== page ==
[Note: This was originally submitted as a bug report, but Audrius was quick to close it and suggested that the support forum would be a better place for it. Thus this post. However, please note that I have already resolved the mess that Syncthing created, so I’m not actually seeking any help with my setup. I’m just posting this as a record of how things can go wrong – very wrong indeed – after a disk replacement containing Syncthing’s database and part of its synced dataset. The replacement and the restoration process from backup was without any reported errors and I have not noticed any problems with any other services or files on my server so I see not reason to believe that Syncthing’s database somehow got corrupted during the restoration. Rather, it seems that the change of disks itself confused it mightily or perhaps the database was in an incomplete state when it got backed up. If anyone has some better theories, I’m all ears. Thanks.]
This is a report of how Syncthing managed to mix up all the synced files on one of my servers and spread them to every other folder to every other instance that it was syncing with. Yes, really!
The main SSD of Mega, my Mac mini server, failed on me a few weeks ago. Fortunately, it was under warranty, so I recently received a replacement SSD and restored the contents from backup. After the backup was complete and the server was rebooted, Syncthing started up on Mega and quickly ran out of open files. Strange, I thought, it had never done that before. Still, I just up’ed the max number of open files from 256 to 1024 and let it continue.
The next day, I picked up Neo, my MacBook Pro laptop, and noticed that it was out of disk space. Huh, what had happened? A closer inspection showed that every folder that was being synced with Mega was full of files – in fact every synced folders seemed to have a copy of all the files from all the folders that Mega was syncing with any other host!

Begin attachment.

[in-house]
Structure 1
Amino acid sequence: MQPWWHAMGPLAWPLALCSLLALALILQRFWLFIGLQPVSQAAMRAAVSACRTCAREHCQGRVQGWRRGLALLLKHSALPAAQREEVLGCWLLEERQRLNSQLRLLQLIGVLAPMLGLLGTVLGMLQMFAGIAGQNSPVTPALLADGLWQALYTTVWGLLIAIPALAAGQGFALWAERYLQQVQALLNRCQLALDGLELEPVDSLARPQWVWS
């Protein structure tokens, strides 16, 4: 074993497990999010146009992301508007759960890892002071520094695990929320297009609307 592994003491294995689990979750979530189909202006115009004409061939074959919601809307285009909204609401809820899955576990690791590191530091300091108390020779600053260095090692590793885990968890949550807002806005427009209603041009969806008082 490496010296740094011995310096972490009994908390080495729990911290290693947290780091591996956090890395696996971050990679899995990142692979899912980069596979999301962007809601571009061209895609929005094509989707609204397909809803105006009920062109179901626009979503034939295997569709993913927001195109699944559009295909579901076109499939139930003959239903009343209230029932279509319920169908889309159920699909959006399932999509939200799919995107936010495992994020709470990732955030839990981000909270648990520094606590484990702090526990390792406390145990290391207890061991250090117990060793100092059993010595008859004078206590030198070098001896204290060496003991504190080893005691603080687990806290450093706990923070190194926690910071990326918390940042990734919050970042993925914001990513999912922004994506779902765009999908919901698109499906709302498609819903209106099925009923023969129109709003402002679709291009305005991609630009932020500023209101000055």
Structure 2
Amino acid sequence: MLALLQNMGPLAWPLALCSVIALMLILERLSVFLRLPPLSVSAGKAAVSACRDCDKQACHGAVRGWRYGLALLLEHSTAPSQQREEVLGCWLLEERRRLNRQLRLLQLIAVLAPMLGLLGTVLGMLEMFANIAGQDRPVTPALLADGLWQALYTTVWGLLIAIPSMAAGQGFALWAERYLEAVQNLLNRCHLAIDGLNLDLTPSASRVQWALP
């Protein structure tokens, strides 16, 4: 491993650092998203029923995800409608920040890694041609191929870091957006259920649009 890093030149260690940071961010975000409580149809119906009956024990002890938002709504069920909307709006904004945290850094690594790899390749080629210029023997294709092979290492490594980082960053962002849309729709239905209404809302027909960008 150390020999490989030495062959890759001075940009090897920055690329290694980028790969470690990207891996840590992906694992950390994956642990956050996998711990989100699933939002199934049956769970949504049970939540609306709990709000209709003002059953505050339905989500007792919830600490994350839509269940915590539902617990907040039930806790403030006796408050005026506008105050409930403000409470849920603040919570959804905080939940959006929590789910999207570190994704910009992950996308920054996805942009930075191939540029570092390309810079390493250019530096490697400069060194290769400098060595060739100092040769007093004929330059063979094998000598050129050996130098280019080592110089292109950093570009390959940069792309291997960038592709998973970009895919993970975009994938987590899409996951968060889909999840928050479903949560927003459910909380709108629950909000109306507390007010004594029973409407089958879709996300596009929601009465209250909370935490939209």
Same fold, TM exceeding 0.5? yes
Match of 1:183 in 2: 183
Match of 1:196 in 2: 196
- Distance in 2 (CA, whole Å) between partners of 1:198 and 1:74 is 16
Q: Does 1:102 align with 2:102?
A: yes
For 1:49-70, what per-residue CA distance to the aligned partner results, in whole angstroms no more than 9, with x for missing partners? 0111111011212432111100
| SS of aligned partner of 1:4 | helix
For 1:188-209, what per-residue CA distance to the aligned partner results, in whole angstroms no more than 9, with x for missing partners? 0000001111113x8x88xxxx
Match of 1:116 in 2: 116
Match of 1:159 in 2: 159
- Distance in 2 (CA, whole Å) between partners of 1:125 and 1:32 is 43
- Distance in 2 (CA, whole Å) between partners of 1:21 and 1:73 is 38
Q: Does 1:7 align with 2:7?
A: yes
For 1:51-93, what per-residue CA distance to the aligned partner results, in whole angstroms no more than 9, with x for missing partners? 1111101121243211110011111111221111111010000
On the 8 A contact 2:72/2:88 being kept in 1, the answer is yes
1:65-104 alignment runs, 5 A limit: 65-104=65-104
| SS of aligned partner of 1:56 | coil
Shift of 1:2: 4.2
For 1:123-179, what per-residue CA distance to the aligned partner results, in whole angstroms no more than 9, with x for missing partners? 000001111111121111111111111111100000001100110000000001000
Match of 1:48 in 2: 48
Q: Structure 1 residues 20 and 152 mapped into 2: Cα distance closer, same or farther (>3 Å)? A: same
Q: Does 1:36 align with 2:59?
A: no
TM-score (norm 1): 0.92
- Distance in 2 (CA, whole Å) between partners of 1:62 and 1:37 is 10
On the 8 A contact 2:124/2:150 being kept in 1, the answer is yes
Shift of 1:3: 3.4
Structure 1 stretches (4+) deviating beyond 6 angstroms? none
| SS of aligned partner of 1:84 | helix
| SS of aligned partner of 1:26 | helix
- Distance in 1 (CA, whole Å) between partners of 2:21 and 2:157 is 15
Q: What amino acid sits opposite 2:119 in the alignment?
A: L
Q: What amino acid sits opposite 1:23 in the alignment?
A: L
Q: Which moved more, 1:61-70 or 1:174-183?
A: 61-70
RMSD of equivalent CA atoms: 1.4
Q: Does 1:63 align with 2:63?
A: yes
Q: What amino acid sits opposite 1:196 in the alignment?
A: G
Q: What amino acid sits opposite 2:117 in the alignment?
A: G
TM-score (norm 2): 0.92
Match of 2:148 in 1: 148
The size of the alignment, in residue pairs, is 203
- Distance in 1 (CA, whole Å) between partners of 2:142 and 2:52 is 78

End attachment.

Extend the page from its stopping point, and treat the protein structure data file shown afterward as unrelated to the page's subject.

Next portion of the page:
That is, if Mega had folders A, B, and C, and Neo was syncing A and B with Mega, Neo’s A and B folders now both appeared to contain all the files from A, B, and C all mixed together. The same was true for the A folders on all the other hosts that was syncing with Mega and/or Neo.
Not only has this created a mess of epic proportions, it’s also a giant security hole since the private files in B now have been distributed to a whole slew of public hosts that only were supposed to have the A files.
And as if that wasn’t bad enough, when I frantically started deleting the misplaced files and folders, Syncthing started putting them back again!
That is, when I started deleting the B files from the A folder, Syncthing promptly recreated them again! At first I thought I had made a mistake when deleting them, but when I deleted them again and listed the files in the directory, they were clearly gone – only to reappear a few seconds later.
To be fair, it seems to mostly(? only?) be the subdirectories in which the files reside, not necessarily the files themselves – I wasn’t paying full attention when it first happened, and now when I’m trying to reproduce it, I’m only seeing (empty) subdirectories being recreated. Looking at syncthing.log, I see a lot of:
[SNPSJ] 12:24:12 INFO: Puller (folder A, item “bsubdir/bfile”): no connected device has the required version of this file
This seem to cause the recreation of bsubdir.
The only solution I’ve been able to come up with is to delete all Syncthing configurations on all hosts and recreate them from scratch as just rescanning the folders seems to make no change. I’ve put aside a copy of the config files on Mega together with syncthing.log. I had a quick look at syncthing.log from after the restoration, but I couldn’t find anything obvious in it except for a whole bunch of “too many open files” errors. I can make them available if it would help, but I would first need to anonymize the contents.
Syncthing Version v1.1.4 running under macOS 10.14.5 + Ubuntu 16.04.5 LTS & 18.04.2 LTS.